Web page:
Richard RiouxPauline HartePatti RasmussenTim WhyteLeon Worden

A harrowing night of felines and fur

Pauline Harte · October 7, 1997

About 1:30 a.m. last night, I admitted defeat and gave my three cats and Star, my dog, my side of the bed. For hours I had clung desperately and stubbornly to the narrow sliver of space that is generally, begrudgingly allotted me by my bed-hogging menagerie. And usually I sleep just fine with a snoring cat clamped tightly around my head while a couple of my extremities dangle off the side of the bed. I'm used to this. The "pack mentality" always knows exactly who belongs at the bottom of their little family tree.

But last night it was hot and humid and stuffy, and I suddenly, inexplicably, became possessed with an uncontrollable desire to remove the cat fur from my facial orifices before I smothered to death in my sleep.

So I did the unthinkable. I gently peeled Daisy off of my face and set her down next to me, a selfish and unthinking act on my part, I will admit.

This, of course, upset the entire ecological balance of the sleeping arrangements. Star, a 75-pound moose of a dog who thinks she is a 5-pound poodle, was sleeping comfortably across my legs. Unlike me, my legs had fallen asleep hours before. But if one animal shifts on the bed, a chain reaction is set into motion, and the bed becomes a living, writhing mass of fur and claws.

Stray Kitty (yes, that's her real name) was hissing her displeasure from the distant netherworld at the foot of the bed. That signaled Star to quickly hurl herself to safety across the top of my husband. Star is well-acquainted with the terrifying tantrums that always accompany the angry hisses of a displeased cat.

Hissing and spitting, Fluffles flew across the top of this unruly melee and crashed loudly into the dresser.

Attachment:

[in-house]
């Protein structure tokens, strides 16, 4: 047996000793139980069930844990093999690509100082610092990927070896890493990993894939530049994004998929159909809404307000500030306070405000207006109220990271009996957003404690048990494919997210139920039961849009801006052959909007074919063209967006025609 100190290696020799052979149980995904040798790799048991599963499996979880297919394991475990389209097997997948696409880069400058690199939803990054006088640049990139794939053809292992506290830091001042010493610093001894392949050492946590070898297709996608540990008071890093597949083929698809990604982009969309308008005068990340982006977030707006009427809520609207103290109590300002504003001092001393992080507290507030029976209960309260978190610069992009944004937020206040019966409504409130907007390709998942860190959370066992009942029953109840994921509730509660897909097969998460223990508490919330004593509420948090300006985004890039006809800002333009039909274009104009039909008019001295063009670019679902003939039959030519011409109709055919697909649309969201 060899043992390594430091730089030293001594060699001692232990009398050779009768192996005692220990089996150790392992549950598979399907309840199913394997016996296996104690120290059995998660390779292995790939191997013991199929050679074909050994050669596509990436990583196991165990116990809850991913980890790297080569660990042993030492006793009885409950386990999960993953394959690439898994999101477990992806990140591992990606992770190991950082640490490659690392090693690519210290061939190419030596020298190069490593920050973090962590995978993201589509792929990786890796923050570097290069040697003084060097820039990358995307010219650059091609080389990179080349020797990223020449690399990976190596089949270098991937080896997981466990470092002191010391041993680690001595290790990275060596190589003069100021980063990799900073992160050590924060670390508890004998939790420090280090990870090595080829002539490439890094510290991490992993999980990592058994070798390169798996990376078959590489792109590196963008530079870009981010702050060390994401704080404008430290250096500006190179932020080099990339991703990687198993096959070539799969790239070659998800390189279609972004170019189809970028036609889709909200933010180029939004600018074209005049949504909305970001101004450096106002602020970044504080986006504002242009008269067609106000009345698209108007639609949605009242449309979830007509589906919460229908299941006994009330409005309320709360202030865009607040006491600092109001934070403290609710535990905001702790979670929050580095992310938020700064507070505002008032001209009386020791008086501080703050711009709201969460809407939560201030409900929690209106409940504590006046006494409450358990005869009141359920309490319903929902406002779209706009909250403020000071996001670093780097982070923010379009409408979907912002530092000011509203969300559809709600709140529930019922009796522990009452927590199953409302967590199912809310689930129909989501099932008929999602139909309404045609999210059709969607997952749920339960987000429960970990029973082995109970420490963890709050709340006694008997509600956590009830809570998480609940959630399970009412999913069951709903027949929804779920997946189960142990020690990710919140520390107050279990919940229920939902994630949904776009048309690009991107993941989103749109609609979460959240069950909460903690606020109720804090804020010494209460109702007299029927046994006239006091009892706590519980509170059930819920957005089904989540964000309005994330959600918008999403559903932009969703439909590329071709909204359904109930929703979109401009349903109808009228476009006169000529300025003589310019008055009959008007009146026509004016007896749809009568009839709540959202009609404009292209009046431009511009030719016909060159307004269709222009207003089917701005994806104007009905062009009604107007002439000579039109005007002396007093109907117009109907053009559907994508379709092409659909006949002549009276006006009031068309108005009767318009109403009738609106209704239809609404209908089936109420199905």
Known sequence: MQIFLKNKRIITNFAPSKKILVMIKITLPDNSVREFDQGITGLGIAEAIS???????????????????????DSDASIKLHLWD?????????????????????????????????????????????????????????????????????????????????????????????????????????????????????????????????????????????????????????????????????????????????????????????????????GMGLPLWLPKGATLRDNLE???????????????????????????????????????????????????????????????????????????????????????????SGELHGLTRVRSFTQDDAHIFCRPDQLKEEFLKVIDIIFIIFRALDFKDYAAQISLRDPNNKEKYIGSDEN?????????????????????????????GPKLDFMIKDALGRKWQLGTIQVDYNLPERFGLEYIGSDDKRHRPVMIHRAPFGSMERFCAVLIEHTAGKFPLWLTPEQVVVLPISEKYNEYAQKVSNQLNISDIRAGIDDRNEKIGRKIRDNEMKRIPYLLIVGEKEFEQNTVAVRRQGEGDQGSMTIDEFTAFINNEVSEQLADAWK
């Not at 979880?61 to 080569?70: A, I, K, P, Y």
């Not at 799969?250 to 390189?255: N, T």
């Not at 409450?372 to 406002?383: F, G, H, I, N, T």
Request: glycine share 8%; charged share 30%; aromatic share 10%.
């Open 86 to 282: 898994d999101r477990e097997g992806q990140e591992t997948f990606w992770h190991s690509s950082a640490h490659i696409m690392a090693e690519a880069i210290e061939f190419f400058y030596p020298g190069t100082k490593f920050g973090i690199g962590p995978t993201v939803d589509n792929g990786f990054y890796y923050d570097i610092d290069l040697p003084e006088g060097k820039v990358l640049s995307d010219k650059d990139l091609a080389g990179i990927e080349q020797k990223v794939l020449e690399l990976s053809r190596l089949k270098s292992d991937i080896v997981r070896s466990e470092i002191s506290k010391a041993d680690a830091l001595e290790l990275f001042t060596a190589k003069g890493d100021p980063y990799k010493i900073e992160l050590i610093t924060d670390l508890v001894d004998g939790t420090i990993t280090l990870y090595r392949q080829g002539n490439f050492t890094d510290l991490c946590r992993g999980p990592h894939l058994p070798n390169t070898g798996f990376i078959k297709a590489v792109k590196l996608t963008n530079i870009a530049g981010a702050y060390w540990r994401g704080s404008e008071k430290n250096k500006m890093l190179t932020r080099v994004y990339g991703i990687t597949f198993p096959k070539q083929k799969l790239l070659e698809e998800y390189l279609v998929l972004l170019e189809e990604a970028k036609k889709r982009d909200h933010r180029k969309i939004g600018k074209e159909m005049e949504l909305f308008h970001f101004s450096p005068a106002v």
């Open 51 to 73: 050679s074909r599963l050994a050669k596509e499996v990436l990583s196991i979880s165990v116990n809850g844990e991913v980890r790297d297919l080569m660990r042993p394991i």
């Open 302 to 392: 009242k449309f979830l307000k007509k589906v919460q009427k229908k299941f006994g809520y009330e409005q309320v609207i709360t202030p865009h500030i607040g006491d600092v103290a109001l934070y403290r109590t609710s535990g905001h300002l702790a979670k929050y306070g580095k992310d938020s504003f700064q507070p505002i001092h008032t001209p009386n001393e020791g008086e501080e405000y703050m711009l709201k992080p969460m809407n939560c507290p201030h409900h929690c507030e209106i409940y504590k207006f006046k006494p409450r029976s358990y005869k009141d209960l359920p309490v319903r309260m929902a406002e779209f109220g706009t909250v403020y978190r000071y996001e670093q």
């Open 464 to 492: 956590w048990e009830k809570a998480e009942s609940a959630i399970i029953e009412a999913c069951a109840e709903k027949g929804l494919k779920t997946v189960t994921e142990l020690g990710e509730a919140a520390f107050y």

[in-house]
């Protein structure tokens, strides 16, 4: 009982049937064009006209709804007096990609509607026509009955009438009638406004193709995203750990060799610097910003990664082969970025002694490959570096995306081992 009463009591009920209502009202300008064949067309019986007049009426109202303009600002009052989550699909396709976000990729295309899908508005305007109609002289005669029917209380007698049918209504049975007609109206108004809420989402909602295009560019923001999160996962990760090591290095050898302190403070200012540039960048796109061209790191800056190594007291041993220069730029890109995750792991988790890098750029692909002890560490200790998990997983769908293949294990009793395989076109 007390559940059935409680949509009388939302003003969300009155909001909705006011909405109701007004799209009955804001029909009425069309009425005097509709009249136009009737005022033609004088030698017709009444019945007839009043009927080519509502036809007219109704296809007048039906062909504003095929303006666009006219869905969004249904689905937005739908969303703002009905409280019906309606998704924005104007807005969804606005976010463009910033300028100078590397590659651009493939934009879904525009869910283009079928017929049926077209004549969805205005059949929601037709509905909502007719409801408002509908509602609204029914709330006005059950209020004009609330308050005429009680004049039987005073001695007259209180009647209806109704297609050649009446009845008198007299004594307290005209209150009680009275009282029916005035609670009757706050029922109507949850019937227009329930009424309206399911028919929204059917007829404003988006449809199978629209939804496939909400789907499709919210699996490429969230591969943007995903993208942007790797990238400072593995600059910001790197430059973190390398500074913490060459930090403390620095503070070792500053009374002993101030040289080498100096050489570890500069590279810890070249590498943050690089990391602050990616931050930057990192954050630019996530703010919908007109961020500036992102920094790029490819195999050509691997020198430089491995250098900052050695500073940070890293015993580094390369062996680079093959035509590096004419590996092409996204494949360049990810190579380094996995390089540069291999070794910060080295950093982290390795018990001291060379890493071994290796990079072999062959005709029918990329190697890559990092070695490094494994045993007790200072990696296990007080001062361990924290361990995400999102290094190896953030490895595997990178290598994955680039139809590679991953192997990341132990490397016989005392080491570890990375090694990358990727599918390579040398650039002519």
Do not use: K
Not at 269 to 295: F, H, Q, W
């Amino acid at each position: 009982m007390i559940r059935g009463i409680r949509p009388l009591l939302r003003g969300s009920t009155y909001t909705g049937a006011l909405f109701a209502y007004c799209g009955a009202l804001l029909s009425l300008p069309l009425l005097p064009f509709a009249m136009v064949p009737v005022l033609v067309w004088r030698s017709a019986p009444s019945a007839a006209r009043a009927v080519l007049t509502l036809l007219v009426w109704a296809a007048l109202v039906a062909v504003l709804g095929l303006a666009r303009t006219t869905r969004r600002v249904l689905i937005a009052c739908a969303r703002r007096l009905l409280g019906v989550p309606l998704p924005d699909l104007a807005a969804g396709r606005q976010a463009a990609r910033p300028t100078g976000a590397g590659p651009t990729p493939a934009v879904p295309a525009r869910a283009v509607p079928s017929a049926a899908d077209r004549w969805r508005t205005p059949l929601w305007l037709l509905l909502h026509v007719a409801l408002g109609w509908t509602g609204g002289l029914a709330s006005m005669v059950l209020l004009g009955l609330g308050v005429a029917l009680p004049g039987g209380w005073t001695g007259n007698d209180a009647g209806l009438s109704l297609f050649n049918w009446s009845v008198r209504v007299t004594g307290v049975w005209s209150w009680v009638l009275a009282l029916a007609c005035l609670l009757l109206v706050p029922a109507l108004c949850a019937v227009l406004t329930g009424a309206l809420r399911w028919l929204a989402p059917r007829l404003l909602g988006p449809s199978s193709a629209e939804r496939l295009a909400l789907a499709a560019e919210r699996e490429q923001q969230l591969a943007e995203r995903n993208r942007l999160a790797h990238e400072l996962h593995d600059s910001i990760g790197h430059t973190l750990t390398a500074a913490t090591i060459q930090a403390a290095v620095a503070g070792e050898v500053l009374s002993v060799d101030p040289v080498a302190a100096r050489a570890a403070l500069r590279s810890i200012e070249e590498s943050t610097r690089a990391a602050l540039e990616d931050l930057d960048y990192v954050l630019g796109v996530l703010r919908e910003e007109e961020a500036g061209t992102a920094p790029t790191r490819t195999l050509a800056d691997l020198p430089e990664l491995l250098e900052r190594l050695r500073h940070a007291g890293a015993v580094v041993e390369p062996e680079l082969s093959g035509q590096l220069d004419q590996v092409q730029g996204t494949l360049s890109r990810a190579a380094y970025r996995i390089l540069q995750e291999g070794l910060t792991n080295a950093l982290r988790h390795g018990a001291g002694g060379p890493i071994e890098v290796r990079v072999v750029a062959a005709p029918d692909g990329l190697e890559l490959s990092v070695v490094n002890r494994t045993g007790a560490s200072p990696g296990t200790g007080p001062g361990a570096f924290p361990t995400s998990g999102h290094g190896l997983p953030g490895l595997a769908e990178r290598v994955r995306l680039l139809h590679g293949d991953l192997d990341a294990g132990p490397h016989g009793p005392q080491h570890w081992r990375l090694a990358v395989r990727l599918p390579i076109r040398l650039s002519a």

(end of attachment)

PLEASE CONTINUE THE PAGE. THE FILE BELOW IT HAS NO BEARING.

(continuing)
Now, Fluffles is a demented, surly feline that was spewed up straight from the bowels of hell eleven years ago and sent to us disguised as the cutest, fluffiest little kitten you could ever hope to see. When Fluffles gets upset, someone always pays. Due to the wonders of her magical digestive tract and with the haughty pride of an ancient craftsman, Fluffles hacked a furball across the room at Star who, by now, was twirling insanely in the middle of the bed. Star knew that an enraged Fluffles would soon follow that speeding furball.

Now that Star was off my legs, they had come fully awake and were screaming their displeasure at having been cramped and crushed for such a long time. The excruciating pain from a million piercing needles completely immobilized me and gave Daisy a chance to once again attach herself to my head. One of her legs was threatening to enter my brain cavity via my nasal passages. I had come full circle, right back to square one.

No, this definitely wasn't working for me tonight. I trudged downstairs to the quiet solitude of the family room couch. Since only two of the three cats follow me whenever I lose the battle for bed space, Star always stays upstairs with Daisy, who never gives up her now-spacious side of the bed. Star has learned that Daisy is the "nice kitty," Stray Kitty is a craps shoot, and Fluffles is the snarling Beast of the Undead. Sometimes, splitting up this armed and dangerous feline mob works out for the rest of us. We all have a little more room, a little more peace and quiet. It's not a perfect answer, just a workable one. And I usually drift off dreaming about a bed surrounded by an electric fence with a canopy of razor wire. MMMM!

Occasionally, a cat will venture into one of my daughters' rooms, but the rubble and chaos indigenous to these areas of the house don't seem to appeal to the finicky nature of these discerning felines, and they always beat a hasty retreat back to us. Besides, what's the point of ejecting a furball if it won't even be noticed?

I've come to the conclusion that we are either the most patient people on the face of this earth or the dumbest. I guess it takes a little bit of each to live in harmony with this beastly brood. All I know is that when I am away from them, I can't sleep at all. Unobstructed breathing and uninterrupted sleep is just not natural.

But it's a well-known fact that constant sleep deprivation can turn even the most patient animal lover into a raging, murderous psychopath.

One more 2 a.m. furball, Fluffles, and it's curtains. And I'm not talking about the ones you climb!

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